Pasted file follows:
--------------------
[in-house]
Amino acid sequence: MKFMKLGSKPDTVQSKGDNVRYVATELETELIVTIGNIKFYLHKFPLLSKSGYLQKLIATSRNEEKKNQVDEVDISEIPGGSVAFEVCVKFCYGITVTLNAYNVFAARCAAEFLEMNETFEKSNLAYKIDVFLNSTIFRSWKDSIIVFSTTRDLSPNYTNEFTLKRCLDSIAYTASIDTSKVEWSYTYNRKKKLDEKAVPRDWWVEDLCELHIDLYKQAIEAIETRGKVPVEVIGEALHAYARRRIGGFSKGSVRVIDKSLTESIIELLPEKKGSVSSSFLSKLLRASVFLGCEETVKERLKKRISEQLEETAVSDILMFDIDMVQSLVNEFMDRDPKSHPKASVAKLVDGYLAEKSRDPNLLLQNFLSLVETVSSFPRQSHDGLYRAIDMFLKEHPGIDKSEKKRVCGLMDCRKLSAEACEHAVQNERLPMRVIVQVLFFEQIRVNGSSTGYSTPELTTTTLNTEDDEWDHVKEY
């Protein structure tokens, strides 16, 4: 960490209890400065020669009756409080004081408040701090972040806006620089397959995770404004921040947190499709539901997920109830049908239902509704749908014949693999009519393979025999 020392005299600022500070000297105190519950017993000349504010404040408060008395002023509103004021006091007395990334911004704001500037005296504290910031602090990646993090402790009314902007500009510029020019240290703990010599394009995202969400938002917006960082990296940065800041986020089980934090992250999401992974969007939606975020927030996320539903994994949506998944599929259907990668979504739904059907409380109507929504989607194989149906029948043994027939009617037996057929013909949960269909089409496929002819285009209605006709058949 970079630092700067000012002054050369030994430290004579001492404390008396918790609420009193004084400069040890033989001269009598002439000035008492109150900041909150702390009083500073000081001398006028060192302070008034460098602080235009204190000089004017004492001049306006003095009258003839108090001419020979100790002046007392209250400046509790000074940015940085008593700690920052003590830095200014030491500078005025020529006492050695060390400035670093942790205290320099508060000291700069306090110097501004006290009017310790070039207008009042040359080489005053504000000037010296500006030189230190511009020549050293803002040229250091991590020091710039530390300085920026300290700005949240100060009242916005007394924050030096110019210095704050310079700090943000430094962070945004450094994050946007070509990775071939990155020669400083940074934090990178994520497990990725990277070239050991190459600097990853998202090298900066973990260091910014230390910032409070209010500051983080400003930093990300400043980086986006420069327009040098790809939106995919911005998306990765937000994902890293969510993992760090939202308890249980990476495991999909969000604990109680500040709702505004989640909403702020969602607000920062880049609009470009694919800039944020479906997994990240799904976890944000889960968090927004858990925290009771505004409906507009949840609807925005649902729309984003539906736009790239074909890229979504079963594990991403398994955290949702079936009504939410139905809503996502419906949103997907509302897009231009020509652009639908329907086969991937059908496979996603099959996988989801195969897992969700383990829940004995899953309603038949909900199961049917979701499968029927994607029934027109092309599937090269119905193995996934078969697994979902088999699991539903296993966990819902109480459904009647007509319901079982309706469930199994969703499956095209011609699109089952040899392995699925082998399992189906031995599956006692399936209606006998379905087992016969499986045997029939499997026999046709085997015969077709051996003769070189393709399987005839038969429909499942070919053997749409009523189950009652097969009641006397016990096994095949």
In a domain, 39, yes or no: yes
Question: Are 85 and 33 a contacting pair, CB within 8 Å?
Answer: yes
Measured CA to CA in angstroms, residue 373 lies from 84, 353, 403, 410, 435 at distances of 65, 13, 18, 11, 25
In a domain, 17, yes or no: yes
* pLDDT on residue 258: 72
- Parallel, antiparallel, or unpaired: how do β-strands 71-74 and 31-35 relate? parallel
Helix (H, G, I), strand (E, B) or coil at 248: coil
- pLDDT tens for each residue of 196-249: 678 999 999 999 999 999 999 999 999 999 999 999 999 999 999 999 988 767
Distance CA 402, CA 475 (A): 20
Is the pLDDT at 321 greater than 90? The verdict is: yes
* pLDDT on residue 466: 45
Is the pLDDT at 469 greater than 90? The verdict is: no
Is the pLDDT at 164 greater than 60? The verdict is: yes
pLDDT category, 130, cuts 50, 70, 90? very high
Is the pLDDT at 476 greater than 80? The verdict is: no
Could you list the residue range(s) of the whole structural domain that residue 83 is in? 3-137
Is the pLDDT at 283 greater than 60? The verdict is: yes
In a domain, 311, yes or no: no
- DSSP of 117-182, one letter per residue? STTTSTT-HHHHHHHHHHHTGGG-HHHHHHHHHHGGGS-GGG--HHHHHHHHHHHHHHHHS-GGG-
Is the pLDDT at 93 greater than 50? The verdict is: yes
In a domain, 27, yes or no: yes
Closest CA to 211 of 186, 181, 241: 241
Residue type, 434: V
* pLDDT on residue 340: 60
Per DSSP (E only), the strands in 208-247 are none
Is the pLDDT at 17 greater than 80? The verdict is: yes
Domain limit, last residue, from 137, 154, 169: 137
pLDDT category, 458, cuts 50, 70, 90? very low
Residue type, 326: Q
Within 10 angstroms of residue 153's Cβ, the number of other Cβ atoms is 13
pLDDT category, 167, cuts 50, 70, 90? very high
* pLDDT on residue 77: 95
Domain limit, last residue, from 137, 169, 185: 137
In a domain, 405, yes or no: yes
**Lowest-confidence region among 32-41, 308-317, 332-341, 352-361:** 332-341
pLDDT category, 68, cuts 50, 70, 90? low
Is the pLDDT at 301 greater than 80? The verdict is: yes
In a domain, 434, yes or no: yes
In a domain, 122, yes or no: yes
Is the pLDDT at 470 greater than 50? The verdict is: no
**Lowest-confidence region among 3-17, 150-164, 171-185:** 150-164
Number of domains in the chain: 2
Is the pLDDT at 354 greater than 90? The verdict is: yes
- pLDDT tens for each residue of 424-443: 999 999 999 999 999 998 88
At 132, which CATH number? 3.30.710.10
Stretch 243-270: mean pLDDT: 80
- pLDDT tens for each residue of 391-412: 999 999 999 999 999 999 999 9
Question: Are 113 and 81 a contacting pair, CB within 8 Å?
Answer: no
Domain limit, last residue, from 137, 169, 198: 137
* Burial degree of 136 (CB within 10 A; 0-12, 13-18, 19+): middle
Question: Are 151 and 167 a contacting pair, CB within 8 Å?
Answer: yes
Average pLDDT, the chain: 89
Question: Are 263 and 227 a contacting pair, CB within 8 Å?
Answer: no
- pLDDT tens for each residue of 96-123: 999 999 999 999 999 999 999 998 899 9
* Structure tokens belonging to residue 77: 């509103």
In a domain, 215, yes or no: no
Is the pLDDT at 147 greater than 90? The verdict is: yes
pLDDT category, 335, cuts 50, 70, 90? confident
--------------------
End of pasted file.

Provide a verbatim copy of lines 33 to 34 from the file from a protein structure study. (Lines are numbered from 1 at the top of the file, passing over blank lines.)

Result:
Residue type, 326: Q
Within 10 angstroms of residue 153's Cβ, the number of other Cβ atoms is 13